Potato Defect, or 'Potato Taste Defect' (PTD) is caused by a chemical called 2-Isopropyl 3-methoxy pyrazine (IPMP). In its strongest instances, this potato smell can be apparent in the air at the farm, in the green coffee including the cherry and parchment, as well as the roasted and brewed product. While there are ongoing, intensive efforts at the farm level to reduce the number of PTD incidences, there is currently no way to sort out the defect in the green or roasted coffee in a scalable manner.
For the specialty coffee industry in the regions affected by PTD, this defect has caused seemingly insurmountable issues at the farm level with direct consequences on the amount roasters purchase from affected regions as well as the selling power of area producers. Agronomists and biologists have proposed many theories and conducted numerous studies about the possible causes of Potato Taste Defect beginning as early as the 1950s, but currently there are no proven solutions to significantly eradicate the rate of defect.
Identifying Potato Taste Defect
There are very low, if any, visual identifiers that correlate to PTD defective seeds (or coffee beans). In fact, most defective seeds look perfectly normal to the human eye and show no visible insect damage or UV fluorescence. Therefore, unlike other defects, there is no “preventative maintenance” in processing or sorting methodologies that the producer can do to ensure a highly reduced rate of PTD.
PTD seems to be a defect solely detectable via gustation and olfaction. We have done research to better understand the defect occurrence rate in the coffees we buy, and are sharing our recommended protocols to avoid tasting the defect when brewing.
How Prevalent Is Potato Taste Defect?
In our research tracking PTD, the average occurrence rate of this defect is 1 in approximately 1550 grams in the coffees we buy. This means in every 3.3 pounds or so, the likelihood of hitting one PTD coffee bean is fairly high. It also means that the chances of experiencing potato defect in a 12 oz bag are low. Of course, there is a large element of randomness involved in this—that is just the nature of the beast.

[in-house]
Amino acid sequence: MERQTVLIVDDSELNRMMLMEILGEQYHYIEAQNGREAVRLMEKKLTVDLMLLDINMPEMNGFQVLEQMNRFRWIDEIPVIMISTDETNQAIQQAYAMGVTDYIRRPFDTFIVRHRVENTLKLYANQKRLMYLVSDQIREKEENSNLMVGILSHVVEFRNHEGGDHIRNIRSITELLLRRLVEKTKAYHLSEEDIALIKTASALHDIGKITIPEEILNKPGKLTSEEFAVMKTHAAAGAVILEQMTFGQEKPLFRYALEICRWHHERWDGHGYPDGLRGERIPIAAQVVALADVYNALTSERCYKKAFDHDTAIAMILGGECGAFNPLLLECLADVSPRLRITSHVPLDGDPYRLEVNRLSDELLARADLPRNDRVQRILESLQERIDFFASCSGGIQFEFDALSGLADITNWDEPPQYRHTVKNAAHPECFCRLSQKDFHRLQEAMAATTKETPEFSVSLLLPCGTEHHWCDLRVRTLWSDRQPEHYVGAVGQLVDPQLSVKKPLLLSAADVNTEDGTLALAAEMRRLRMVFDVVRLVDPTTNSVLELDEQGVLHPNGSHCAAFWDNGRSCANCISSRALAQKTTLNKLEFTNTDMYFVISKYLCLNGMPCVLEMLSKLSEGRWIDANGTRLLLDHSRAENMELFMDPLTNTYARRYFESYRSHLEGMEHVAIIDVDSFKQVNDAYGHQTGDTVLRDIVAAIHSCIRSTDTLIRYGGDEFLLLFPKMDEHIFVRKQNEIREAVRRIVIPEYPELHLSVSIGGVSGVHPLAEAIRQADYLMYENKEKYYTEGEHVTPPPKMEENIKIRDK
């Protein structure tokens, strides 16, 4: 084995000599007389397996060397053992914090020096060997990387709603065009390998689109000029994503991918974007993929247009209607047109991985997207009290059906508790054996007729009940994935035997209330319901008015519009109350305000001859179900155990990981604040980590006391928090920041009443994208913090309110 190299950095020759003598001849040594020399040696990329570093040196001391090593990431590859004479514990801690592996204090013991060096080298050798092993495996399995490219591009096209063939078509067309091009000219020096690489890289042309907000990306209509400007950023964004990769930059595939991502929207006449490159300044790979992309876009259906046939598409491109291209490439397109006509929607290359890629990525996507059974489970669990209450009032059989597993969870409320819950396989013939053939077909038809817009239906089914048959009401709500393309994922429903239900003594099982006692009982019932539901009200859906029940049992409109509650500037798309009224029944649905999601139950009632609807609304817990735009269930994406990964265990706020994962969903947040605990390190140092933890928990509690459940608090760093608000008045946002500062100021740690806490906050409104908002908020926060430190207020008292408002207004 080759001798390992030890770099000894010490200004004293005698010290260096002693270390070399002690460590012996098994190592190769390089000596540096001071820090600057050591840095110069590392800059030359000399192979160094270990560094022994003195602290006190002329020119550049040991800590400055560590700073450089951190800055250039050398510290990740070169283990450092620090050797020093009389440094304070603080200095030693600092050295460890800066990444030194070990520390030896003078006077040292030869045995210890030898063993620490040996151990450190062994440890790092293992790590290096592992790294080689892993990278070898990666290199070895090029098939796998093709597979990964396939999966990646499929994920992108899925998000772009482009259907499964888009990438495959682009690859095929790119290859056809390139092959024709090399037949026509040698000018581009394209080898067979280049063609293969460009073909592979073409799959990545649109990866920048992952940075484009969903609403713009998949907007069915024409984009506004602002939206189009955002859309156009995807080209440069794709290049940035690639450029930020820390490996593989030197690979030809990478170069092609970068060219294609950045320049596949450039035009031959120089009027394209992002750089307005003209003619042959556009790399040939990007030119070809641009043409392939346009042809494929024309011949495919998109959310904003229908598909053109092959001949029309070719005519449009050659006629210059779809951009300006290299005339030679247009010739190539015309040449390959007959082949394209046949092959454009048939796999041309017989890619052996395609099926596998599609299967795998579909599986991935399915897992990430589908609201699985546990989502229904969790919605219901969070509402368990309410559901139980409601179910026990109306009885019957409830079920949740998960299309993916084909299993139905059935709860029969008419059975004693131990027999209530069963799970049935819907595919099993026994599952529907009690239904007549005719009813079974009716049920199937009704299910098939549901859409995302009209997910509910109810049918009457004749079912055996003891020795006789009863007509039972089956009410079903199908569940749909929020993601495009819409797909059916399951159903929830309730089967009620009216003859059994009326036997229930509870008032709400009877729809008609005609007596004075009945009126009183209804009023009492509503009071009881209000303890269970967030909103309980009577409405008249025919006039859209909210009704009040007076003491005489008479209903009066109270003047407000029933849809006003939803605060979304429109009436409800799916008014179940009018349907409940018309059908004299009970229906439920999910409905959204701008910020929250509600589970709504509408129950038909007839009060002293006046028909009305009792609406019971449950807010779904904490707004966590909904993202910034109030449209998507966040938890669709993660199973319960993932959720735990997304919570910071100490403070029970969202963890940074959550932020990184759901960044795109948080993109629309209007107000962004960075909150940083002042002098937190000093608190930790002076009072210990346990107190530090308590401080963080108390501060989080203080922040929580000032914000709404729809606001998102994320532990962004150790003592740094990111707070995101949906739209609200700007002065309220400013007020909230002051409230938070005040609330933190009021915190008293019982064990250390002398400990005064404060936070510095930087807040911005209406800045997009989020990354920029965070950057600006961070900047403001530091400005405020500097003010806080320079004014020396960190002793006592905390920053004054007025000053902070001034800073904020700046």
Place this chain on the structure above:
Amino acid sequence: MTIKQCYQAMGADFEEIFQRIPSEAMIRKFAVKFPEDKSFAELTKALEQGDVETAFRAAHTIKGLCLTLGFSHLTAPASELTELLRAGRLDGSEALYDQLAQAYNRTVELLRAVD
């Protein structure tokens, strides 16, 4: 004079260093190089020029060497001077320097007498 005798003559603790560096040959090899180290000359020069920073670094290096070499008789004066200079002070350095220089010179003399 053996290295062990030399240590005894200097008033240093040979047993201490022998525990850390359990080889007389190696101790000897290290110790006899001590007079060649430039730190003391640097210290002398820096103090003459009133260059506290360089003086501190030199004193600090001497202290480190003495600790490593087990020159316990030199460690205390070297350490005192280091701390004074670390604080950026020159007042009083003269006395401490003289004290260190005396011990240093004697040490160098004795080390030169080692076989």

In whole-bean coffee, there is no issue with transference. For example, if you open a bag and it smells of potato, the whole bag is not tainted. It is more than likely one defective coffee bean that simply smells very strong.
There is no known toxicity in the defect itself, and it is safe to consume, should you encounter it once brewed. However, since one defective bean can affect the taste of the resulting brew, we are sharing our recommended steps to take to avoid tasting potato.
Suggested Protocol To Avoid Tasting Potato
- When preparing to brew coffees from these regions, be sure to diligently smell the ground coffee before brewing.
- Grind your coffee in small amounts instead of grinding the whole bag at once. For home brewing, we recommend grinding <30 grams at a time. For batch brewing, we recommend grinding 100 grams at a time.
- If you only smell delicious coffee, continue brewing and enjoying these incredible coffees!
- If you are not sure, and you think you might be smelling potato, well, it is probably because you learned about PTD so your brain is telling you it is there. It might not be!
What To Do If You Smell Potato
If you smell raw potato (you’ll know!) in the grounds before brewing:
- Compost the grounds
- Purge the grinder of any remaining chaff/fines
- If possible, grind through approximately 30g of coffee that is guaranteed to not have PTD (such as a coffee from Guatemala, Colombia, etc.) as to prevent transference to the next batch of coffee
Region: Karambi, Nyamasheke, Western Province
Farm: Various Smallholders
Elevation: 1800-2100 MASL
Tasting notes: Sweet, bright, and punchy with lemon drop, bing cherry, and sweet tarts.